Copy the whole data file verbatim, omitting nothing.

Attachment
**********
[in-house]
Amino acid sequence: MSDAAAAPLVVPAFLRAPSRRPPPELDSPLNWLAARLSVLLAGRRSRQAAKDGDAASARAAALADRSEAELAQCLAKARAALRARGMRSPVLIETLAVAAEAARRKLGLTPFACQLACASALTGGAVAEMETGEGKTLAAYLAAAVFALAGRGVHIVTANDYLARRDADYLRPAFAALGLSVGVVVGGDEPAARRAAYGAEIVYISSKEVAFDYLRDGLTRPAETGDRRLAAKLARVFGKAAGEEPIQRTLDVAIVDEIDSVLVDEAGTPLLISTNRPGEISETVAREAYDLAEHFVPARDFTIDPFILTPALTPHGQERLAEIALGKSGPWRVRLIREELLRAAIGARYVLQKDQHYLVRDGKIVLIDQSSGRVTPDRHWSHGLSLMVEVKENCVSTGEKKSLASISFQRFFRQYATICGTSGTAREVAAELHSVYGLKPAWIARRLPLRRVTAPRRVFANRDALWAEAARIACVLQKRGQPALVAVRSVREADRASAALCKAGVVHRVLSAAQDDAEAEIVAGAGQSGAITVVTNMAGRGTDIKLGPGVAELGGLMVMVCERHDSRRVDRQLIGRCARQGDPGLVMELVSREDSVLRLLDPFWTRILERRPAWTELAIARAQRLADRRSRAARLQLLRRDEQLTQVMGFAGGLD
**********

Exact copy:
[in-house]
Amino acid sequence: MSDAAAAPLVVPAFLRAPSRRPPPELDSPLNWLAARLSVLLAGRRSRQAAKDGDAASARAAALADRSEAELAQCLAKARAALRARGMRSPVLIETLAVAAEAARRKLGLTPFACQLACASALTGGAVAEMETGEGKTLAAYLAAAVFALAGRGVHIVTANDYLARRDADYLRPAFAALGLSVGVVVGGDEPAARRAAYGAEIVYISSKEVAFDYLRDGLTRPAETGDRRLAAKLARVFGKAAGEEPIQRTLDVAIVDEIDSVLVDEAGTPLLISTNRPGEISETVAREAYDLAEHFVPARDFTIDPFILTPALTPHGQERLAEIALGKSGPWRVRLIREELLRAAIGARYVLQKDQHYLVRDGKIVLIDQSSGRVTPDRHWSHGLSLMVEVKENCVSTGEKKSLASISFQRFFRQYATICGTSGTAREVAAELHSVYGLKPAWIARRLPLRRVTAPRRVFANRDALWAEAARIACVLQKRGQPALVAVRSVREADRASAALCKAGVVHRVLSAAQDDAEAEIVAGAGQSGAITVVTNMAGRGTDIKLGPGVAELGGLMVMVCERHDSRRVDRQLIGRCARQGDPGLVMELVSREDSVLRLLDPFWTRILERRPAWTELAIARAQRLADRRSRAARLQLLRRDEQLTQVMGFAGGLD